Gupta called on Marcus to change his ways and oppose Secretary DeVos’s “anti-civil rights” actions, which he “showed a willingness to support” throughout the confirmation process.

She previously criticized Marcus for supporting DeVos’s reconsideration of the Obama administration’s approach to Title IX. Gutpa also faulted Marcus’s opposition to race-based affirmative action and the “disparate impact” approach to civil rights enforcement, where schools are judged by policies that result in statistical racial imbalances.

Gupta pointed to a friend-of-the-court brief filed by Marcus’s Brandeis Center in a Supreme Court case considering “race-conscious admissions programs” in higher education. The center said these programs were intended to limit Asian-American admissions, and were “indistinguishable” from “quotas” imposed on Jewish applicants in the 20th century.

MORE: Civil rights commissioners denounce demonization of DeVos

Marcus is the ‘LeBron James’ of civil rights

Marcus’s supporters were “euphoric” about his confirmation, in the words of Roger Clegg, president of the Center for Equal Opportunity.

Asked by The Fix how Marcus would compare to his predecessor Catherine Lhamon, Clegg wrote: “It will be like comparing the relative basketball prowess of LeBron James and [novelist] Henry James.”

Brooklyn College’s Johnson gave The Fix more specific predictions. “I expect, in sharp contrast to Ms. Lhamon, Mr. Marcus will be committed to constitution[al] principles and ensuring that Title IX ensures that all parties are fairly treated on campus, rather than seeking to use OCR to advance a personal agenda in contravention of basic fairness.”

A longtime critic of Lhamon, Johnson pointed to her assertion in a 2014 hearing chaired by Alexander that she had the authority to issue, in Johnson’s words, “new interpretations of Title IX without congressional action.” He also faulted her “unannounced” expansion of individual Title IX complaints against schools into wide-ranging reviews of all Title IX investigations, even three years back.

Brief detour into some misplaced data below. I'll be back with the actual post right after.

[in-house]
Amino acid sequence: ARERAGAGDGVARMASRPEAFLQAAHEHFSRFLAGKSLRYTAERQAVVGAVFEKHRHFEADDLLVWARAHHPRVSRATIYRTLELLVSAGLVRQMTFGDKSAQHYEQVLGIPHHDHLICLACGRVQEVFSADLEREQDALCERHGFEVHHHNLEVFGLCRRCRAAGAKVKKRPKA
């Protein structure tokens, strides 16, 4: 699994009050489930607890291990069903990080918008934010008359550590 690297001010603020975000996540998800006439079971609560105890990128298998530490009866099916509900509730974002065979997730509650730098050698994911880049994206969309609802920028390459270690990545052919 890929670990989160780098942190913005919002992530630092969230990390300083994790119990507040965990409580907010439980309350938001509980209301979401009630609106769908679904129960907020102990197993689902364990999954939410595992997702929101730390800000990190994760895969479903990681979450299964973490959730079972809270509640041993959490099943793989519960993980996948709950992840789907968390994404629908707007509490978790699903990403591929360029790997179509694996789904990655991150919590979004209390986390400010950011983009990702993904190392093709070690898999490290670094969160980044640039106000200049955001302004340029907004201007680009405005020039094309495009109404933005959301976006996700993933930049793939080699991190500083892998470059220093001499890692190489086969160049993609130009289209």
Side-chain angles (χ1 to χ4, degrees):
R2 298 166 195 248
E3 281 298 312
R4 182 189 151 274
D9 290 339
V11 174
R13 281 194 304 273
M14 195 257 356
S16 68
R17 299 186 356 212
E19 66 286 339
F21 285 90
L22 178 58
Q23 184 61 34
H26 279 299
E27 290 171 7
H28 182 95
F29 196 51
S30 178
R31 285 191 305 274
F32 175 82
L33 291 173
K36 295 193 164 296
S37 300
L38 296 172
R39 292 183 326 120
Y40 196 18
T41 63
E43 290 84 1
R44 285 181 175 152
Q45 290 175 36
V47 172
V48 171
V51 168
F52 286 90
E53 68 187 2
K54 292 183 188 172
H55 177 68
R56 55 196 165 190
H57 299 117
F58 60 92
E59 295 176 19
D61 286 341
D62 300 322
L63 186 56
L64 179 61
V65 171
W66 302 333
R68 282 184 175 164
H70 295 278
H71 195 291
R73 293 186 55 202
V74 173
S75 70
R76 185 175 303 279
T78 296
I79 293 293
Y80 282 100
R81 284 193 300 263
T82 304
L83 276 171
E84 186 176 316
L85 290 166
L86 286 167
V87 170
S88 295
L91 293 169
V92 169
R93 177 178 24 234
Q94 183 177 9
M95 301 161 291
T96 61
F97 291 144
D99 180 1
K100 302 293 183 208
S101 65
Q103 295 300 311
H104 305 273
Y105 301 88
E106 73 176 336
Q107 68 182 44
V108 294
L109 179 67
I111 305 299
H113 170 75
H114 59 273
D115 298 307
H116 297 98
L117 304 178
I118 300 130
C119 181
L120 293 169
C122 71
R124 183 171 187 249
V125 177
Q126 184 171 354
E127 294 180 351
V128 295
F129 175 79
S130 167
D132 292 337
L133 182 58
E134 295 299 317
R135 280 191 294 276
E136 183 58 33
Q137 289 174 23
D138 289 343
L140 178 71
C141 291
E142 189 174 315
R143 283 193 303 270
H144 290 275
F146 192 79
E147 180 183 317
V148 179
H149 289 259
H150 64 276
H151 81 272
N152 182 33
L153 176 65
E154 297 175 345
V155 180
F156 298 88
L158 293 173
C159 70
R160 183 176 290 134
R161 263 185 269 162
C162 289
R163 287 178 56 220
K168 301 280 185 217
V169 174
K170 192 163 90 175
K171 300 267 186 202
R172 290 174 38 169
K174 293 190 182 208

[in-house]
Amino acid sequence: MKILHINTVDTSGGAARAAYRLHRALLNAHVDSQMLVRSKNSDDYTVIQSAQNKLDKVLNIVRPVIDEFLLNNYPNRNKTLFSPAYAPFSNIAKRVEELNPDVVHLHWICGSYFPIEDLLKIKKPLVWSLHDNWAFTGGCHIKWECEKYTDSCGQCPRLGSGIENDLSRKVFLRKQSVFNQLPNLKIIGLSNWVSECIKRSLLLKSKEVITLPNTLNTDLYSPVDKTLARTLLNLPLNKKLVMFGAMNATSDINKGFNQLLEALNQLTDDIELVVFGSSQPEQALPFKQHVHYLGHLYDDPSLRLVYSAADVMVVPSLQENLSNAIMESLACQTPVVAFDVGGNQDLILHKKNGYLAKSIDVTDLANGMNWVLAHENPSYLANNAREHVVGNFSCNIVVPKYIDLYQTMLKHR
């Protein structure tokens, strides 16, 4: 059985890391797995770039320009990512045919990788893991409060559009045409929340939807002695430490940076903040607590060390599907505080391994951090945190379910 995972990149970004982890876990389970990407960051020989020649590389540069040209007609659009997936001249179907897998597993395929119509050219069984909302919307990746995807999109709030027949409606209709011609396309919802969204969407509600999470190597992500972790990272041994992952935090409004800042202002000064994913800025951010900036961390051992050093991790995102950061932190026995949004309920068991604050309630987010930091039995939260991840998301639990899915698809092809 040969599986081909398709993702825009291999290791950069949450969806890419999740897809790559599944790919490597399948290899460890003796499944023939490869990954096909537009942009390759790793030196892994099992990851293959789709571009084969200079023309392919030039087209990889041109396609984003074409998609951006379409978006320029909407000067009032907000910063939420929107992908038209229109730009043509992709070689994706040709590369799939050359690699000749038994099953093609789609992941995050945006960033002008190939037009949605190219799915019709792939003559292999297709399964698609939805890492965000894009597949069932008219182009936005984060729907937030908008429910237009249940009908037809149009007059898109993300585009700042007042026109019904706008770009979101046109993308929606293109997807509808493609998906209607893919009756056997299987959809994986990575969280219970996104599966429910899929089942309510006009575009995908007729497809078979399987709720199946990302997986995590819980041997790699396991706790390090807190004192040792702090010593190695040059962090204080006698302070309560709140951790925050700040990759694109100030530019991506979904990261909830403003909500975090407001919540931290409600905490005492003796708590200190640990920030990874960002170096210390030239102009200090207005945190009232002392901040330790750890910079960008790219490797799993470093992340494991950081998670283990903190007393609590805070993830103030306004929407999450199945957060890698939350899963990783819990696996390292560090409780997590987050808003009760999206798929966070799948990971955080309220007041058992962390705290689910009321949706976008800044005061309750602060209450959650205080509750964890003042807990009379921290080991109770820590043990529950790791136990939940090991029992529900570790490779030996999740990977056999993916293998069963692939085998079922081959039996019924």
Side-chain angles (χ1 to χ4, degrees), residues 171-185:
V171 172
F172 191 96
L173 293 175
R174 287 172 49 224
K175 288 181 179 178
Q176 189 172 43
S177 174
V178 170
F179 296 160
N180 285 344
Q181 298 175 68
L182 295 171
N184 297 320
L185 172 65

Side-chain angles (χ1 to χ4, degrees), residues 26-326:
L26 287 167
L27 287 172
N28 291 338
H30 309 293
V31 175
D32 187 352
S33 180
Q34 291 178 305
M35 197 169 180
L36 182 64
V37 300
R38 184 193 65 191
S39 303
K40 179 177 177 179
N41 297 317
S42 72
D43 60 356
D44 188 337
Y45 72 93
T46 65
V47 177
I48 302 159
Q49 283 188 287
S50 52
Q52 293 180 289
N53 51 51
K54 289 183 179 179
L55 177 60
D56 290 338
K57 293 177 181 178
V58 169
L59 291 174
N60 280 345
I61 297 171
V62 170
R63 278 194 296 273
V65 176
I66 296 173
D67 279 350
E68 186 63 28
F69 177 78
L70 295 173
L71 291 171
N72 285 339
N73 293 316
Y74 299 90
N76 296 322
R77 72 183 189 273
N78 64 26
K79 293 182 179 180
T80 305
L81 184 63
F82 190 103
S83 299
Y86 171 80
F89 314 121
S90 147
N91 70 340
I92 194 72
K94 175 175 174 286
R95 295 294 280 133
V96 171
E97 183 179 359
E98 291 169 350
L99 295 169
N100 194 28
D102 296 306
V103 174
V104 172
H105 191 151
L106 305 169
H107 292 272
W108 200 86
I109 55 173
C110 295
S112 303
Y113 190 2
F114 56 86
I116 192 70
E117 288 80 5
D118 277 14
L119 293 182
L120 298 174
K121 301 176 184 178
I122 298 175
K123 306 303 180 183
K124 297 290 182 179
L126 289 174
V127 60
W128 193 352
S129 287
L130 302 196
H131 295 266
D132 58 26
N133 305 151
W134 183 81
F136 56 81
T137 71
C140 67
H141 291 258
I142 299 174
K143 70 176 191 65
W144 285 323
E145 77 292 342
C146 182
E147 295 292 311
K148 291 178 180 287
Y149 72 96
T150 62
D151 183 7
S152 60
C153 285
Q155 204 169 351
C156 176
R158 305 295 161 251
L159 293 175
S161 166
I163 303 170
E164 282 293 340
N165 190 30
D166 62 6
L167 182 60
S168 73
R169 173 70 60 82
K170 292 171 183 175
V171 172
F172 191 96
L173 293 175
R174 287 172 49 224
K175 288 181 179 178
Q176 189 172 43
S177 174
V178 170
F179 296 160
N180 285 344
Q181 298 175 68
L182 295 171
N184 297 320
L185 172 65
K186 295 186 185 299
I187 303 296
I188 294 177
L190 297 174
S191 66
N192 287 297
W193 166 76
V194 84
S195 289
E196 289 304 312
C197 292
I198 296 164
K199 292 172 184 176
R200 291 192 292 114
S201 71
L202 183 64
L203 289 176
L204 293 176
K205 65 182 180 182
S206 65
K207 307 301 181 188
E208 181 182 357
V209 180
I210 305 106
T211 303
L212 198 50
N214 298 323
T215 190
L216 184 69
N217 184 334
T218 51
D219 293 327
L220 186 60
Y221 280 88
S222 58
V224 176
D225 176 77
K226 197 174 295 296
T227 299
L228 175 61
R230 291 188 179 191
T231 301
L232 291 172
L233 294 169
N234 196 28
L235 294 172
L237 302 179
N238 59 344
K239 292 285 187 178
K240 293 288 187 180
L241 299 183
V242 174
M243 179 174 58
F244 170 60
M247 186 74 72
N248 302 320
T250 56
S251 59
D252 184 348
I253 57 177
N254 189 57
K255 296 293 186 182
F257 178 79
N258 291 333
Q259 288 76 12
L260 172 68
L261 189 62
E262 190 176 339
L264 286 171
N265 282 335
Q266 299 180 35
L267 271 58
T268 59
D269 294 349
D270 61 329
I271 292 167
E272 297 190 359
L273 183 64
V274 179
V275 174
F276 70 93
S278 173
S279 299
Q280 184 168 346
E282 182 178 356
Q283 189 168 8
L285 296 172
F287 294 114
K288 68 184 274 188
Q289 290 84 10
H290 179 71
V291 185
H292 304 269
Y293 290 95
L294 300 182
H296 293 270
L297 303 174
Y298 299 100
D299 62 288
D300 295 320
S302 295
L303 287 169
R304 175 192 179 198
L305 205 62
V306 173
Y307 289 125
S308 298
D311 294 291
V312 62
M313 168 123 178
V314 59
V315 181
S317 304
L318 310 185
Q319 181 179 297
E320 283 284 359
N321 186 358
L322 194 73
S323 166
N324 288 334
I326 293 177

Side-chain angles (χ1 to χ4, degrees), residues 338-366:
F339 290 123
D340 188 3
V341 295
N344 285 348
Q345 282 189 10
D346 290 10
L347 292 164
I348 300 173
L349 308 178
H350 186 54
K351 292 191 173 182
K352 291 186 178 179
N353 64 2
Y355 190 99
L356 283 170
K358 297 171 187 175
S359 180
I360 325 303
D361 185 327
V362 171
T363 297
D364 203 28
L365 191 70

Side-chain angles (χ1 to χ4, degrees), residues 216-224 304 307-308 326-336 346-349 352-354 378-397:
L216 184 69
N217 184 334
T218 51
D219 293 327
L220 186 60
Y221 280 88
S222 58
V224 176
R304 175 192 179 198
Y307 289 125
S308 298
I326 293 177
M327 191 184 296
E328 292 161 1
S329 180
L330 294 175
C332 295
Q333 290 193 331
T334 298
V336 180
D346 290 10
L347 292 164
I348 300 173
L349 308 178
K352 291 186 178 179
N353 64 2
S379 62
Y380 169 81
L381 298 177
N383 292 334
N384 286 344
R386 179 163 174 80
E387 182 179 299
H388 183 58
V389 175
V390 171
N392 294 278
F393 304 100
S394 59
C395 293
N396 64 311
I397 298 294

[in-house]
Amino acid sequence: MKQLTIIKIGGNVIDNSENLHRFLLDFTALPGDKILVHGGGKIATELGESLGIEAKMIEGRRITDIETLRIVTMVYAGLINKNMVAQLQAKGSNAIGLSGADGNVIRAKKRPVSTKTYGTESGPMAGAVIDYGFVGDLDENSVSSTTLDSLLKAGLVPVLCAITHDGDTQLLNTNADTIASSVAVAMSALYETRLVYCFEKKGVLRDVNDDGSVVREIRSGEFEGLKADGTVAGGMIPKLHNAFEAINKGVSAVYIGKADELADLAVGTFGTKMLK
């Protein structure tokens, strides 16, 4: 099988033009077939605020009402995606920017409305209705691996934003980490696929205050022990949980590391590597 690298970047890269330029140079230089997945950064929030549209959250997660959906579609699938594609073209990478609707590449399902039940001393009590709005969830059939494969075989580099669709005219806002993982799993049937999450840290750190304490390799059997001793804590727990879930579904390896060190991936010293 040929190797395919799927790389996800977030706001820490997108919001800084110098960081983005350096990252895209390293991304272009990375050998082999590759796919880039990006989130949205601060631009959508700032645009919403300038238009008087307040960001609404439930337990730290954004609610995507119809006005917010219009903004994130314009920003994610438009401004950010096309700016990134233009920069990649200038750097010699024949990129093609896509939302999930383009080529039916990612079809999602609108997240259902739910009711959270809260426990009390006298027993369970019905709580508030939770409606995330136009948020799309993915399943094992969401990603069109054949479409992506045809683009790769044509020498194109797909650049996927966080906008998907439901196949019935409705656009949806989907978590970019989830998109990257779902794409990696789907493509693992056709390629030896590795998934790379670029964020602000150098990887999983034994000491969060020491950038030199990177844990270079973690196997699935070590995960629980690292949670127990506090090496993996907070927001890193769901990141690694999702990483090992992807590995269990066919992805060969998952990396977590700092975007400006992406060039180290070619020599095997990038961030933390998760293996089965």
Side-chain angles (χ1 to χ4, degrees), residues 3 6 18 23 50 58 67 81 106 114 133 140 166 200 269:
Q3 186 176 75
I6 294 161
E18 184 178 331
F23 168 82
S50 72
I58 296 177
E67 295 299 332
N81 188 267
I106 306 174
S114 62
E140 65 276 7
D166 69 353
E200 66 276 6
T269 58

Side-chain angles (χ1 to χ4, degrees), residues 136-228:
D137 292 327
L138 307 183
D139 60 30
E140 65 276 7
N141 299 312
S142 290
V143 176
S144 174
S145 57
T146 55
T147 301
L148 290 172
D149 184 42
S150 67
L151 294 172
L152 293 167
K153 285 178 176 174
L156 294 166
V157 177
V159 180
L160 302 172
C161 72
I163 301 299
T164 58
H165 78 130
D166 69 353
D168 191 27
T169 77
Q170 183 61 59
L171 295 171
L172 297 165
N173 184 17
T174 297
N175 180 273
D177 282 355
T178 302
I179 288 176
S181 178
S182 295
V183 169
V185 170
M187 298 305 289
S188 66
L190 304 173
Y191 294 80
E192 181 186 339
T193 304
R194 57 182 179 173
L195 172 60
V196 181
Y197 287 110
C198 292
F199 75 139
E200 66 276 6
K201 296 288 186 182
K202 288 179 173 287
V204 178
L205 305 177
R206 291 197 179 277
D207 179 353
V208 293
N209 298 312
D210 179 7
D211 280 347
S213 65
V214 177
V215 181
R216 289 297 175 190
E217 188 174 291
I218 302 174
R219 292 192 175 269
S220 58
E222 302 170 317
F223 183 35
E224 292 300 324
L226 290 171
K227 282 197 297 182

MORE: Trump’s Department of Ed ends wild-goose chases on sexual harassment

Clegg told The Fix he’s particularly pleased that Marcus is “rightly skeptical” of the use of race in admissions, “the hallmark of identity politics.”

“It was obvious that the Obama administration favored the use of racial preferences and actually pushed colleges to use such preferences by the guidance by the Office of Civil Rights, and I don’t believe that that will continue” under Marcus, Clegg elaborated over the phone. Marcus opposes “all forms of discrimination, whether politically correct or politically incorrect.”

Clegg predicted that Marcus will uphold the constraints on racial preferences allowed by the Supreme Court, particularly that they can only be used if “the educational benefits that flow from a diverse student body” cannot be achieved without them.

He expects Marcus to bring his criticism of the disparate-impact approach – that it can actually result in more discrimination – to the Office for Civil Rights.

“The Obama administration was very aggressive” in using this approach, resulting in “racial quotas” and students “not being disciplined who should have been disciplined,” Clegg said.

“And that resulted in classroom disruption and actually physical endangerment of teachers and students,” including poor and minority students, he said.

MOREOCR official has traditional views that ‘raise questions’

*Disclosure

IMAGE: USCPR/YouTube

Like The College Fix on Facebook / Follow us on Twitter

About the Author
Megan Keller is an aspiring journalist and recent graduate from Claremont McKenna College. While there, she studied history and served as managing editor for the Claremont Independent.

Add to the Discussion